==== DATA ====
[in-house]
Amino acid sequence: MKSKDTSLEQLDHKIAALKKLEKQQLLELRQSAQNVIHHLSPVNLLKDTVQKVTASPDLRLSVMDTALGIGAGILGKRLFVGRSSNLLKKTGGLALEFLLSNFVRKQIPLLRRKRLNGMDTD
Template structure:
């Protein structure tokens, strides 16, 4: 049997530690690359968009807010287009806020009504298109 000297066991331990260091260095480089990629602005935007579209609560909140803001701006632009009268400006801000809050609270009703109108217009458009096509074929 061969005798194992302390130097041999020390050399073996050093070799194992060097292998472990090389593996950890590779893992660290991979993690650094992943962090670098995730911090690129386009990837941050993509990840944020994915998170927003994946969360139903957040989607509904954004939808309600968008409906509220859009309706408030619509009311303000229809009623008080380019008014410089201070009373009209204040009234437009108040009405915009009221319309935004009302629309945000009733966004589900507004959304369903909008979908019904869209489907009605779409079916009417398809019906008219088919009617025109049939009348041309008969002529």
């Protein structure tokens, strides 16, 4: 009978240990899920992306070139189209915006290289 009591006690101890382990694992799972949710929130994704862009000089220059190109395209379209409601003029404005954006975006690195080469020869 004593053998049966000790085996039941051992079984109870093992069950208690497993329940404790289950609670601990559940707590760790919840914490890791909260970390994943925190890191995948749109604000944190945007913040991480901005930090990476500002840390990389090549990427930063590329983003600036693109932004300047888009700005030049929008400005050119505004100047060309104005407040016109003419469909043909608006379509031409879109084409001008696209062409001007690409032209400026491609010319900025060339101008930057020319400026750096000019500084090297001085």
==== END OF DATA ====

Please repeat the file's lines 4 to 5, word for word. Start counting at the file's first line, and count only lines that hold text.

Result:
């Protein structure tokens, strides 16, 4: 049997530690690359968009807010287009806020009504298109 000297066991331990260091260095480089990629602005935007579209609560909140803001701006632009009268400006801000809050609270009703109108217009458009096509074929 061969005798194992302390130097041999020390050399073996050093070799194992060097292998472990090389593996950890590779893992660290991979993690650094992943962090670098995730911090690129386009990837941050993509990840944020994915998170927003994946969360139903957040989607509904954004939808309600968008409906509220859009309706408030619509009311303000229809009623008080380019008014410089201070009373009209204040009234437009108040009405915009009221319309935004009302629309945000009733966004589900507004959304369903909008979908019904869209489907009605779409079916009417398809019906008219088919009617025109049939009348041309008969002529």
């Protein structure tokens, strides 16, 4: 009978240990899920992306070139189209915006290289 009591006690101890382990694992799972949710929130994704862009000089220059190109395209379209409601003029404005954006975006690195080469020869 004593053998049966000790085996039941051992079984109870093992069950208690497993329940404790289950609670601990559940707590760790919840914490890791909260970390994943925190890191995948749109604000944190945007913040991480901005930090990476500002840390990389090549990427930063590329983003600036693109932004300047888009700005030049929008400005050119505004100047060309104005407040016109003419469909043909608006379509031409879109084409001008696209062409001007690409032209400026491609010319900025060339101008930057020319400026750096000019500084090297001085």